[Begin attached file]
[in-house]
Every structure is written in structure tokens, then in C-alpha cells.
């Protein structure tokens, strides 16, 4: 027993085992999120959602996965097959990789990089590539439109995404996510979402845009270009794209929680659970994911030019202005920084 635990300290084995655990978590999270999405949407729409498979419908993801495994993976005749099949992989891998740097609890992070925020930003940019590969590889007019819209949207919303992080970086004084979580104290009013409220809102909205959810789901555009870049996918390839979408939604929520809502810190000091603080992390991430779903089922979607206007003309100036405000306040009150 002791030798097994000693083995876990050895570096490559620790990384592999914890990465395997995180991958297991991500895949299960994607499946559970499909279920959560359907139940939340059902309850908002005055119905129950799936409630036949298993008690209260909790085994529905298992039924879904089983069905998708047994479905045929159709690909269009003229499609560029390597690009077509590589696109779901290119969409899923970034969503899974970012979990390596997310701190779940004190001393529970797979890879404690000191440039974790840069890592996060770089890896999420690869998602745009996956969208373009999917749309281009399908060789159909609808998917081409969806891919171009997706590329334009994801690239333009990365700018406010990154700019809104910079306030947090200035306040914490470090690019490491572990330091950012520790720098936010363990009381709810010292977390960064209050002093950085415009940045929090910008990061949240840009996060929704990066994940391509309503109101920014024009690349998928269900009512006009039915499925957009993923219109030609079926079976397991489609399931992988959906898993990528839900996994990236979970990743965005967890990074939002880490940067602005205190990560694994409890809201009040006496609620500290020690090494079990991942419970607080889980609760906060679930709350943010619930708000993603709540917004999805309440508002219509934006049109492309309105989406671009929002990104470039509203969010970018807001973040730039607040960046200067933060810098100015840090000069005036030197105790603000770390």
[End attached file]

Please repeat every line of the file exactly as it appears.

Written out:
[in-house]
Every structure is written in structure tokens, then in C-alpha cells.
């Protein structure tokens, strides 16, 4: 027993085992999120959602996965097959990789990089590539439109995404996510979402845009270009794209929680659970994911030019202005920084 635990300290084995655990978590999270999405949407729409498979419908993801495994993976005749099949992989891998740097609890992070925020930003940019590969590889007019819209949207919303992080970086004084979580104290009013409220809102909205959810789901555009870049996918390839979408939604929520809502810190000091603080992390991430779903089922979607206007003309100036405000306040009150 002791030798097994000693083995876990050895570096490559620790990384592999914890990465395997995180991958297991991500895949299960994607499946559970499909279920959560359907139940939340059902309850908002005055119905129950799936409630036949298993008690209260909790085994529905298992039924879904089983069905998708047994479905045929159709690909269009003229499609560029390597690009077509590589696109779901290119969409899923970034969503899974970012979990390596997310701190779940004190001393529970797979890879404690000191440039974790840069890592996060770089890896999420690869998602745009996956969208373009999917749309281009399908060789159909609808998917081409969806891919171009997706590329334009994801690239333009990365700018406010990154700019809104910079306030947090200035306040914490470090690019490491572990330091950012520790720098936010363990009381709810010292977390960064209050002093950085415009940045929090910008990061949240840009996060929704990066994940391509309503109101920014024009690349998928269900009512006009039915499925957009993923219109030609079926079976397991489609399931992988959906898993990528839900996994990236979970990743965005967890990074939002880490940067602005205190990560694994409890809201009040006496609620500290020690090494079990991942419970607080889980609760906060679930709350943010619930708000993603709540917004999805309440508002219509934006049109492309309105989406671009929002990104470039509203969010970018807001973040730039607040960046200067933060810098100015840090000069005036030197105790603000770390």